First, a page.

Frequency - Whatever you expose yourself to, and at whatever level you are in your hierarchy, it is essential that you engage in that exposure behavior frequently and regularly. It likely won’t be enough to practice leaving the house without checking the stove, or not washing your hands after touching the phone, only once a week or even once a day. These exposures have to be done frequently, often many times a day, to allow exposure to properly have its effect of desensitization.

Duration – The amount of time you expose yourself goes hand in hand with how often you do exposure. A good guide is to engage in the exposure experience until your anxiety drops to at least 50% of what it was at the very beginning of the exposure experience. This gives you the time necessary to experience desensitization. If you leave too early, you are actually reinforcing the "escape" response and training yourself to run from the anxiety, which strengthens OCD. Give yourself plenty of time whenever you engage in an exposure exercise - it is an essential part of applying the technique successfully. Rather than letting the clock tell you when you are done, let your anxiety be your guide. When it has dropped by about half, your exposure will have an effect.

Intensity - How strong of an exposure experience should you be looking for? If you start too low on your intensity level and expose yourself to a thing or situation which does not create much anxiety (say, a 2 on a 1-10 scale, where 10 is the highest imaginable anxiety), you won't get much payoff from the experience. On the other hand, biting off more than you can chew (going for a 9 or 10 right away), may feel so overwhelming that you may decide to give up the whole effort and drop out of therapy or just stop trying on your own. Aim for something between 4 and 7, and shoot for dropping it down to a 2 by the end of exposure (not zero), before moving to the next level.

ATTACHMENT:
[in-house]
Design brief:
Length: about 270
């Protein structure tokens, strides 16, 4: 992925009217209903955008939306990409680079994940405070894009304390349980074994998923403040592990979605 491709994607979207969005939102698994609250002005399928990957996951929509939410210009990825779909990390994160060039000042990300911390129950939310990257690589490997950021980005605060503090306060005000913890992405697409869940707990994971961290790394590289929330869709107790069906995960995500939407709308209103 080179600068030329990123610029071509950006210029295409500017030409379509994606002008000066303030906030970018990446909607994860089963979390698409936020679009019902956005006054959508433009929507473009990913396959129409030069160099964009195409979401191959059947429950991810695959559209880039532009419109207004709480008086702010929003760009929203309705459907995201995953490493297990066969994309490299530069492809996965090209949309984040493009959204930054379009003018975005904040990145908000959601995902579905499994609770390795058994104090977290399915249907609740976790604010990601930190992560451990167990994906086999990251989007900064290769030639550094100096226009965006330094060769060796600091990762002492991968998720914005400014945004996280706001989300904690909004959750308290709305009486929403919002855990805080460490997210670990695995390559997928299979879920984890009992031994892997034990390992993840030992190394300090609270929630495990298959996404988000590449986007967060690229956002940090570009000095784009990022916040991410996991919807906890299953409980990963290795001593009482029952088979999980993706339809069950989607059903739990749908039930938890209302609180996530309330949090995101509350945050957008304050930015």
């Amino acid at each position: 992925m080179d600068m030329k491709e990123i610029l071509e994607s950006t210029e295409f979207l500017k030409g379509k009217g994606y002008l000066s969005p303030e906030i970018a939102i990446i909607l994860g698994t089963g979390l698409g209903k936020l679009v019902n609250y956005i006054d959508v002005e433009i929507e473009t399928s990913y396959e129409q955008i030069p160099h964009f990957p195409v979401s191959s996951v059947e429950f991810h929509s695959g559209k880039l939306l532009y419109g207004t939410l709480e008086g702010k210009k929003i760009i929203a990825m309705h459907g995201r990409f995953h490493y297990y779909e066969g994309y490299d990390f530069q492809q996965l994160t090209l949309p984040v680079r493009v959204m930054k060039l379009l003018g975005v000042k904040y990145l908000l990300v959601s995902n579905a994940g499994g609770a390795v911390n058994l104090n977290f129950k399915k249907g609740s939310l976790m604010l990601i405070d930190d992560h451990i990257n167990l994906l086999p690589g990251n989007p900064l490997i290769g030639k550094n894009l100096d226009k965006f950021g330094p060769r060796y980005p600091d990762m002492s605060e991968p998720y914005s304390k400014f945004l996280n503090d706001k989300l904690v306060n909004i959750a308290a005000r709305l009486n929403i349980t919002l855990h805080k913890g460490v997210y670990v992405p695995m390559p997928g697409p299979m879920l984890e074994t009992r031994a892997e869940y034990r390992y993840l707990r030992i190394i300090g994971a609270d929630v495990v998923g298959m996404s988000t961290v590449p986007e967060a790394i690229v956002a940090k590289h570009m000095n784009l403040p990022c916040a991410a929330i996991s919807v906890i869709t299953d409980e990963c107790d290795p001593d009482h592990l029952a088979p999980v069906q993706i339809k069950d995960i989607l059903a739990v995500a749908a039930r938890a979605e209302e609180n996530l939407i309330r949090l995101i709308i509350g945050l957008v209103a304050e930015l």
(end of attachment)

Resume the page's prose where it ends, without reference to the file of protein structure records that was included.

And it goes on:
Methodology - There are many ways to manipulate the intensity depending on the methodology you use. Say the challenge is to leave the house without checking that the range is on. If you presently have a ritual of touching the range knobs a certain number of times and/or in a certain order, you might first change the order, the number of times you touch them (sometimes even changing to 5 if you always have to check an even number of times), or a combination of the two. Then you can graduate to shortening the amount of time you touch them, just waving your hand across the burners as a check, and then just visually inspecting them. Next, look at them for shorter periods of time, and from further distances from the range.  In all these ways, you are constantly "pushing against" the OCD, loosening its grip on you, and strengthening yourself.